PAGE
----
Nigeria has taken delivery of the first aircraft with which the West African country will secure its coastal waters against piracy. The use of aircraft to detect and combat pirates is a crucial part of the so-called Deep Blue Project, which was launched two years ago.
The Cessna CJ3 Citation jet was landed and received at the Murtala Muhammed International Airport near the capital Lagos. Bashir Jamoh, head of the Maritime Authority and responsible for combating piracy, spoke of a ‘historic moment for the economic development of Nigeria’. A second special mission aircraft is expected shortly.
Over the past two years, Nigeria has already purchased sixteen armoured vehicles and trained 600 soldiers to carry out coastal patrols. In addition, Nigeria now has at its disposal three helicopters and four drones in the air and two special mission vessels and seventeen fast interceptor boats at sea. The latter were supplied by the Dutch company De Haas Maassluis and can reach a speed of sixty knots, more than 110 km/h.
This approach is clearly bearing fruit because, according to the International Maritime Bureau (IMB), the number of cases of piracy in Nigerian waters has dropped dramatically. Only two incidents were reported in the first quarter of this year, compared to eleven last year, fourteen in 2019 and 22 in 2018.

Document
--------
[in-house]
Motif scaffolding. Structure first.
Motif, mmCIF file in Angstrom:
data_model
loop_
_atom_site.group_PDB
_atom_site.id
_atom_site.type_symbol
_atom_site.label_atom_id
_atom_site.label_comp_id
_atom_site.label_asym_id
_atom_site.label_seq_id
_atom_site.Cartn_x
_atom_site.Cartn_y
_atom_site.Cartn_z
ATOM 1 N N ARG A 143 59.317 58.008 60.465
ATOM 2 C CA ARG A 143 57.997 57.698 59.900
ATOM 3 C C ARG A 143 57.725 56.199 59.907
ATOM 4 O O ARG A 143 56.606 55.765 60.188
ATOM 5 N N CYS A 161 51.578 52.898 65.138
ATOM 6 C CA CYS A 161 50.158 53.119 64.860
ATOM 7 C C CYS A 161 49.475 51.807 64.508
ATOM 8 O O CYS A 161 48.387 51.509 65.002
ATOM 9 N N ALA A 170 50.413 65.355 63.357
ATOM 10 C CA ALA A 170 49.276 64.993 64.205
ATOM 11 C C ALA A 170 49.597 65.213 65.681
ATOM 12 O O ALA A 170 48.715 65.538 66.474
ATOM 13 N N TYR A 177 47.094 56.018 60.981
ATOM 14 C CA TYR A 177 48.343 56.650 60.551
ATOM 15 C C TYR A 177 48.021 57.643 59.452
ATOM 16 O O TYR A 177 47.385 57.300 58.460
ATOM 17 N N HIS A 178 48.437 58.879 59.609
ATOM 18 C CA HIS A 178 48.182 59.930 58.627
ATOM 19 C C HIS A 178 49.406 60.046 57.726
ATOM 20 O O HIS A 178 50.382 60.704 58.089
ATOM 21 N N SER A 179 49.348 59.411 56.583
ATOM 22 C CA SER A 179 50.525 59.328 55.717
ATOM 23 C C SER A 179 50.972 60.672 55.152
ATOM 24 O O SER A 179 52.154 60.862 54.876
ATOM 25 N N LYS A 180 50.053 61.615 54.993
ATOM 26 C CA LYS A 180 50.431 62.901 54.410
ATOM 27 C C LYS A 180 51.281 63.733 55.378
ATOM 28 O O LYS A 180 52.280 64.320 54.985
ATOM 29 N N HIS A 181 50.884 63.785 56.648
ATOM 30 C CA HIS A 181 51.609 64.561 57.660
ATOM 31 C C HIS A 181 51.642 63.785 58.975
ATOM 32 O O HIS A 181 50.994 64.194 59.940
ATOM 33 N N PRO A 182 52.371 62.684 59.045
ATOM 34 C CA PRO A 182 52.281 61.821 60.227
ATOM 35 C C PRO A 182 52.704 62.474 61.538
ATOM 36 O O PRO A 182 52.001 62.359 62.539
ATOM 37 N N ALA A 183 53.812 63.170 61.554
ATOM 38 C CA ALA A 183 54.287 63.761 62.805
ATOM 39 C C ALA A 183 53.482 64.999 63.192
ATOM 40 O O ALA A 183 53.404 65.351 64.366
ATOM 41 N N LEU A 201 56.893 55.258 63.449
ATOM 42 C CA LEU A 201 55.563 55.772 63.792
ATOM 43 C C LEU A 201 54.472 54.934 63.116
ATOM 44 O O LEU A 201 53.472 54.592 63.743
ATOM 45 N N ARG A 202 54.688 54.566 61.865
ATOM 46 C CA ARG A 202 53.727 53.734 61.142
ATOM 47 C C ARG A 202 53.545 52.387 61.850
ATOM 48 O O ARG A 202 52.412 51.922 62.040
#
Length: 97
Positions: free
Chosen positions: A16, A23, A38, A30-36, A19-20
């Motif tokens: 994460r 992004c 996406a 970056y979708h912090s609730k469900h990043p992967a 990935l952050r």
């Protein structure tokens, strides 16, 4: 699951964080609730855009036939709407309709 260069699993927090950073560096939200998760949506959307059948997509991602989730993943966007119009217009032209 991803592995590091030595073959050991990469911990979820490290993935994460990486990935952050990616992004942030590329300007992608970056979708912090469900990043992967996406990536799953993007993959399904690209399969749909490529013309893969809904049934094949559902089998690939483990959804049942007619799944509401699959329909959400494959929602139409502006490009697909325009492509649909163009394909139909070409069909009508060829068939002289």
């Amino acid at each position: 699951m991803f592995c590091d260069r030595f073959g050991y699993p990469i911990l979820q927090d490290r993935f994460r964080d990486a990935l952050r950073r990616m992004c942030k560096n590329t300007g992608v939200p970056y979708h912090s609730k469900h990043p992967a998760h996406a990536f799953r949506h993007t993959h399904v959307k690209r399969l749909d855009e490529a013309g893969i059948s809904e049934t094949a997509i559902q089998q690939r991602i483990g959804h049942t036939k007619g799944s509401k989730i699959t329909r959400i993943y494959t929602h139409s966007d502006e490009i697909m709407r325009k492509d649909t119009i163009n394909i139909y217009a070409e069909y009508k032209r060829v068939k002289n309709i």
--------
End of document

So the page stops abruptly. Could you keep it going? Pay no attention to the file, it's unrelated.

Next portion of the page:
Gulf of Guinea
In the Gulf of Guinea, of which Nigerian coastal waters are part, some 25 cases of kidnapping have occurred in recent years, sometimes involving entire crews. Danish researcher Katja Lindskov Jacobsen tells ShippingWatch that ship owners have paid a total of about four million dollars in ransom to free their employees.
According to Jacobsen, four to six gangs are behind the kidnappings, but tackling them will be difficult. According to Jacobsen, interviews with those involved show that the criminals have links with corrupt politicians. Nigeria has been criticised for taking too little action against piracy in recent years and for failing to bring criminals to justice.
The International Maritime Organization (IMO) believes that too little is being done to stop piracy in the Gulf of Guinea. The organisation has adopted a resolution in which it calls on countries, the UN and other relevant organisations to join forces, harmonise laws and hunt down pirates and bring them to justice.
According to the IMO, in 2020, ninety ships had been attacked and 112 crew members had been kidnapped or gone missing. That is almost forty per cent of the global number of reported incidents of piracy that year. So far this year, 23 incidents have been reported in the area off the West African coast.
This article first appeared in Dutch on NT.nl, a publication of SWZ|Maritime’s publishing partner Promedia.